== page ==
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Toronto Police Service released documents on Oct. 31, 2013, that show police surveillance photos of Toronto Mayor Rob Ford and Alessandro Lisi, Ford's friend and occasional driver.TORONTO POLICE SERVICE/The Canadian Press

June 26 was a typical day at work for Mayor Rob Ford: He criticized illegal posters that he said blighted the city's bus shelters and utility poles and fended off questions from the media about a controversial assistant. His evening was not that unusual, either – in that it included an out-of-the-way meeting with suspected drug dealer Alessandro (Sandro) Lisi, according to a Toronto police affidavit that was ordered released Thursday.

That evening Mr. Ford drove to one of Toronto's largest parks to watch a child's soccer game, where he was joined on the sidelines by his friend Mr. Lisi, the affidavit states. After a brief conversation, Mr. Lisi retrieved a white plastic bag that "appeared to be weighted" from his car, which he placed, along with some cans of Minute Maid, in the front seat of Mr. Ford's car, the affidavit states.

This sort of encounter between the two men – sometimes at a school parking lot, or in a remote wooded footpath, or with Mr. Lisi dropping an envelope in the mayor's car – is a scene that investigators say played out about a dozen times throughout the summer of 2013. And it kept happening, they allege, even when it became apparent to the mayor and the suspected drug dealer that they were being watched.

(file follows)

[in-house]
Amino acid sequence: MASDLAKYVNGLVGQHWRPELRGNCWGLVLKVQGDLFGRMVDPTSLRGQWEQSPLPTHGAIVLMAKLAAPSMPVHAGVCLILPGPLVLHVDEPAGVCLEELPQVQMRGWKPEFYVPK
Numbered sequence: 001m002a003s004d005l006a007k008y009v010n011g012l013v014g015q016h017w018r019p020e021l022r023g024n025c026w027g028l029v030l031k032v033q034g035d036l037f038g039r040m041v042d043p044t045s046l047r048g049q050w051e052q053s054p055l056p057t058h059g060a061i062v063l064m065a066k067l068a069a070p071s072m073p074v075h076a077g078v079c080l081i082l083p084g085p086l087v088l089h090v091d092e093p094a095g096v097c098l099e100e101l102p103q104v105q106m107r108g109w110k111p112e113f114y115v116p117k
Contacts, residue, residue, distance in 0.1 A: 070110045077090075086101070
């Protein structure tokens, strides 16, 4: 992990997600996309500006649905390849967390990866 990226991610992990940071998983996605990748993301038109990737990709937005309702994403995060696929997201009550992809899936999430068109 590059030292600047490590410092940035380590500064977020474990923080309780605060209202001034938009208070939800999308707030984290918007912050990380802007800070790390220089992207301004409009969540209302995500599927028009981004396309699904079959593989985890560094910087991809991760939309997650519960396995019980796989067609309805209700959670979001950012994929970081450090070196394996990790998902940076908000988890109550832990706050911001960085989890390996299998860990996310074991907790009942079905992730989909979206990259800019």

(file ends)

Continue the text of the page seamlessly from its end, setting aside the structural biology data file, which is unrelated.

Mr. Lisi and the mayor have refused to comment on these meetings. But after secretly observing both men for six months – whether they were watching them from a nearby car, or from the cockpit of the Toronto police airplane, or from a camera mounted near Mr. Lisi's house – investigators came to a firm conclusion: Mr. Lisi is a drug dealer.

"Alexander Lisi is a source of marijuana and has been observed meeting people a number of times in circumstances that would provide opportunities for Lisi to deliver or make drugs available to them," Toronto police Detective-Constable Nader Khoshbooi stated in the affidavit, which was relied upon to execute multiple search warrants, including one at Mr. Lisi's home and another at a dry-cleaning shop that he is alleged to have used as a venue to sell marijuana.

The 474-page affidavit outlines, in painstaking detail, how Toronto police tracked Mr. Lisi and his alleged frequent contacts with Toronto's criminal underbelly, including a convicted killer, petty fraudsters and scores of crack-cocaine addicts. But the bulk of material is devoted to Mr. Lisi's numerous rendezvous with Toronto's chief magistrate, meetings that became more and more clandestine as the investigation progressed. This, in turn, forced the police to reach deep into their bag of surveillance tradecraft, employing all manner of technology, including vehicle tracking devices, phone logs that detailed hundreds of incoming and outgoing calls and surreptitious footage of Mr. Lisi and Mr. Ford captured on store security cameras.